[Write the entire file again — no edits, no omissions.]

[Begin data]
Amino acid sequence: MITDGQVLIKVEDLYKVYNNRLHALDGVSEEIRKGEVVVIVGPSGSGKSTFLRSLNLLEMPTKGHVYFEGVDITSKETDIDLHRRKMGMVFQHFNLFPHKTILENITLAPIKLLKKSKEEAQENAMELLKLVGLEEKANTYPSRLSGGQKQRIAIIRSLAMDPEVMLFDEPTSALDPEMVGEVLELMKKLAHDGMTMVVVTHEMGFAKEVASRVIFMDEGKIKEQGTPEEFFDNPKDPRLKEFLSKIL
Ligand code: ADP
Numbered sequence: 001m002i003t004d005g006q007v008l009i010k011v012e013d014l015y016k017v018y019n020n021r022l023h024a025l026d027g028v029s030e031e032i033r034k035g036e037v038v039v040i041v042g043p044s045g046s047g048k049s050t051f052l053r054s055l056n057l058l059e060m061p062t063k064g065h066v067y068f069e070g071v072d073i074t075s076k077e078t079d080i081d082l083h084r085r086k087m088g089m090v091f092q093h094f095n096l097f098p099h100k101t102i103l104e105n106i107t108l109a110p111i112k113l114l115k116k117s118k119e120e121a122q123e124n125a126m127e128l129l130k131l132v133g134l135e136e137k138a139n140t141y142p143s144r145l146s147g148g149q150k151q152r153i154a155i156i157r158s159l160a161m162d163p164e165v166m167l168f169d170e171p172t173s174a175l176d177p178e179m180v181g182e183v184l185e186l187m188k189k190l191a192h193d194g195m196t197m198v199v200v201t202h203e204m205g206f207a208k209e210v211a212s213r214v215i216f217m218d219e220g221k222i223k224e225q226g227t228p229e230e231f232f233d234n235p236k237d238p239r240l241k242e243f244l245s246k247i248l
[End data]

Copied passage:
Amino acid sequence: MITDGQVLIKVEDLYKVYNNRLHALDGVSEEIRKGEVVVIVGPSGSGKSTFLRSLNLLEMPTKGHVYFEGVDITSKETDIDLHRRKMGMVFQHFNLFPHKTILENITLAPIKLLKKSKEEAQENAMELLKLVGLEEKANTYPSRLSGGQKQRIAIIRSLAMDPEVMLFDEPTSALDPEMVGEVLELMKKLAHDGMTMVVVTHEMGFAKEVASRVIFMDEGKIKEQGTPEEFFDNPKDPRLKEFLSKIL
Ligand code: ADP
Numbered sequence: 001m002i003t004d005g006q007v008l009i010k011v012e013d014l015y016k017v018y019n020n021r022l023h024a025l026d027g028v029s030e031e032i033r034k035g036e037v038v039v040i041v042g043p044s045g046s047g048k049s050t051f052l053r054s055l056n057l058l059e060m061p062t063k064g065h066v067y068f069e070g071v072d073i074t075s076k077e078t079d080i081d082l083h084r085r086k087m088g089m090v091f092q093h094f095n096l097f098p099h100k101t102i103l104e105n106i107t108l109a110p111i112k113l114l115k116k117s118k119e120e121a122q123e124n125a126m127e128l129l130k131l132v133g134l135e136e137k138a139n140t141y142p143s144r145l146s147g148g149q150k151q152r153i154a155i156i157r158s159l160a161m162d163p164e165v166m167l168f169d170e171p172t173s174a175l176d177p178e179m180v181g182e183v184l185e186l187m188k189k190l191a192h193d194g195m196t197m198v199v200v201t202h203e204m205g206f207a208k209e210v211a212s213r214v215i216f217m218d219e220g221k222i223k224e225q226g227t228p229e230e231f232f233d234n235p236k237d238p239r240l241k242e243f244l245s246k247i248l